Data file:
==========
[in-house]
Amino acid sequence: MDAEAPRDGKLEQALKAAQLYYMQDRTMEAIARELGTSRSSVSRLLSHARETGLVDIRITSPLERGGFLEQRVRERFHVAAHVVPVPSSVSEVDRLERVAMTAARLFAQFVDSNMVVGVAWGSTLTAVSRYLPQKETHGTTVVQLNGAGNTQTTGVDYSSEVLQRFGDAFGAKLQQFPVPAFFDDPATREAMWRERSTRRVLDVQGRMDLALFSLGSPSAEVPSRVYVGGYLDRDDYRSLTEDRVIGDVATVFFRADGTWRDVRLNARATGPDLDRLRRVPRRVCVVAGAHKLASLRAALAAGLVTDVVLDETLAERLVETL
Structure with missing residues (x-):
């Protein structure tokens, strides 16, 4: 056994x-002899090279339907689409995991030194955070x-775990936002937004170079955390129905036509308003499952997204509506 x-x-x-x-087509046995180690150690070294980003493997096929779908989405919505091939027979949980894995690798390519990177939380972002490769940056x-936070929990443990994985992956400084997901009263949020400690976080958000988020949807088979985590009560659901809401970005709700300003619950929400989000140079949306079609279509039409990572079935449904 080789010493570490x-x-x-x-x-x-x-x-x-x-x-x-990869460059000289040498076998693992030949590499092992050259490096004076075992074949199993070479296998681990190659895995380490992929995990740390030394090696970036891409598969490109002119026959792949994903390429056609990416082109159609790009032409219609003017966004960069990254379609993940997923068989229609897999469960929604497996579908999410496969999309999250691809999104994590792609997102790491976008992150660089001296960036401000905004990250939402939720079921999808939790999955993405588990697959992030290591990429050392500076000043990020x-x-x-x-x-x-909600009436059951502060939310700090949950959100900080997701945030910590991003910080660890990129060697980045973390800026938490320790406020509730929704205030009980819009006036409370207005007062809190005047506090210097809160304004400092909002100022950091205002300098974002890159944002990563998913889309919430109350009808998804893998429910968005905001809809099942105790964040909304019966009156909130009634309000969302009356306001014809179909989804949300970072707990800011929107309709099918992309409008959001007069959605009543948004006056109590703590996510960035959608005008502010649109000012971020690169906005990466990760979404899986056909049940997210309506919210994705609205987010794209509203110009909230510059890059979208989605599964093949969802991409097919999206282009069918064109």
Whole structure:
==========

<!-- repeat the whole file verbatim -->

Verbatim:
[in-house]
Amino acid sequence: MDAEAPRDGKLEQALKAAQLYYMQDRTMEAIARELGTSRSSVSRLLSHARETGLVDIRITSPLERGGFLEQRVRERFHVAAHVVPVPSSVSEVDRLERVAMTAARLFAQFVDSNMVVGVAWGSTLTAVSRYLPQKETHGTTVVQLNGAGNTQTTGVDYSSEVLQRFGDAFGAKLQQFPVPAFFDDPATREAMWRERSTRRVLDVQGRMDLALFSLGSPSAEVPSRVYVGGYLDRDDYRSLTEDRVIGDVATVFFRADGTWRDVRLNARATGPDLDRLRRVPRRVCVVAGAHKLASLRAALAAGLVTDVVLDETLAERLVETL
Structure with missing residues (x-):
């Protein structure tokens, strides 16, 4: 056994x-002899090279339907689409995991030194955070x-775990936002937004170079955390129905036509308003499952997204509506 x-x-x-x-087509046995180690150690070294980003493997096929779908989405919505091939027979949980894995690798390519990177939380972002490769940056x-936070929990443990994985992956400084997901009263949020400690976080958000988020949807088979985590009560659901809401970005709700300003619950929400989000140079949306079609279509039409990572079935449904 080789010493570490x-x-x-x-x-x-x-x-x-x-x-x-990869460059000289040498076998693992030949590499092992050259490096004076075992074949199993070479296998681990190659895995380490992929995990740390030394090696970036891409598969490109002119026959792949994903390429056609990416082109159609790009032409219609003017966004960069990254379609993940997923068989229609897999469960929604497996579908999410496969999309999250691809999104994590792609997102790491976008992150660089001296960036401000905004990250939402939720079921999808939790999955993405588990697959992030290591990429050392500076000043990020x-x-x-x-x-x-909600009436059951502060939310700090949950959100900080997701945030910590991003910080660890990129060697980045973390800026938490320790406020509730929704205030009980819009006036409370207005007062809190005047506090210097809160304004400092909002100022950091205002300098974002890159944002990563998913889309919430109350009808998804893998429910968005905001809809099942105790964040909304019966009156909130009634309000969302009356306001014809179909989804949300970072707990800011929107309709099918992309409008959001007069959605009543948004006056109590703590996510960035959608005008502010649109000012971020690169906005990466990760979404899986056909049940997210309506919210994705609205987010794209509203110009909230510059890059979208989605599964093949969802991409097919999206282009069918064109």
Whole structure: